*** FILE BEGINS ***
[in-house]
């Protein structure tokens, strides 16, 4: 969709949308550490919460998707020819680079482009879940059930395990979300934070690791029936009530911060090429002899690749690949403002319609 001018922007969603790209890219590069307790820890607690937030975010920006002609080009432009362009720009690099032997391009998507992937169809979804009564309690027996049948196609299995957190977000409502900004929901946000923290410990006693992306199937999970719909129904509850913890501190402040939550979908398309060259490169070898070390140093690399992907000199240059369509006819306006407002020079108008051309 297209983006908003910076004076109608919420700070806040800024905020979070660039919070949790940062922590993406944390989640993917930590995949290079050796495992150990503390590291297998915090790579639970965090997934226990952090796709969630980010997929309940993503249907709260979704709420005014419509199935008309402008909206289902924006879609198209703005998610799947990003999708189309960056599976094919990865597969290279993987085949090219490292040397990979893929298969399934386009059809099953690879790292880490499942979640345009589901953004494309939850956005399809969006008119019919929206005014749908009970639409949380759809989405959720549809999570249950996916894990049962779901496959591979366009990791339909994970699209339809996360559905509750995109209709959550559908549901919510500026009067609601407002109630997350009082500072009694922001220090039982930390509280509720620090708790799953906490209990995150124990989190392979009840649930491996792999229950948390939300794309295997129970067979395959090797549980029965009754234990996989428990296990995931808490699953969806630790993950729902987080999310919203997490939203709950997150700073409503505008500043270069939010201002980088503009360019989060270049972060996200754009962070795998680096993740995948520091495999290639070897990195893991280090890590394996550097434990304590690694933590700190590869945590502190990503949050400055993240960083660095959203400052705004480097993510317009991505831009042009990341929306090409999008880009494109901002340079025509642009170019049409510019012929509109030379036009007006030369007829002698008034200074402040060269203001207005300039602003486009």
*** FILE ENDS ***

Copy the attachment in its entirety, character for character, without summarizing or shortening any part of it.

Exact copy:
[in-house]
């Protein structure tokens, strides 16, 4: 969709949308550490919460998707020819680079482009879940059930395990979300934070690791029936009530911060090429002899690749690949403002319609 001018922007969603790209890219590069307790820890607690937030975010920006002609080009432009362009720009690099032997391009998507992937169809979804009564309690027996049948196609299995957190977000409502900004929901946000923290410990006693992306199937999970719909129904509850913890501190402040939550979908398309060259490169070898070390140093690399992907000199240059369509006819306006407002020079108008051309 297209983006908003910076004076109608919420700070806040800024905020979070660039919070949790940062922590993406944390989640993917930590995949290079050796495992150990503390590291297998915090790579639970965090997934226990952090796709969630980010997929309940993503249907709260979704709420005014419509199935008309402008909206289902924006879609198209703005998610799947990003999708189309960056599976094919990865597969290279993987085949090219490292040397990979893929298969399934386009059809099953690879790292880490499942979640345009589901953004494309939850956005399809969006008119019919929206005014749908009970639409949380759809989405959720549809999570249950996916894990049962779901496959591979366009990791339909994970699209339809996360559905509750995109209709959550559908549901919510500026009067609601407002109630997350009082500072009694922001220090039982930390509280509720620090708790799953906490209990995150124990989190392979009840649930491996792999229950948390939300794309295997129970067979395959090797549980029965009754234990996989428990296990995931808490699953969806630790993950729902987080999310919203997490939203709950997150700073409503505008500043270069939010201002980088503009360019989060270049972060996200754009962070795998680096993740995948520091495999290639070897990195893991280090890590394996550097434990304590690694933590700190590869945590502190990503949050400055993240960083660095959203400052705004480097993510317009991505831009042009990341929306090409999008880009494109901002340079025509642009170019049409510019012929509109030379036009007006030369007829002698008034200074402040060269203001207005300039602003486009």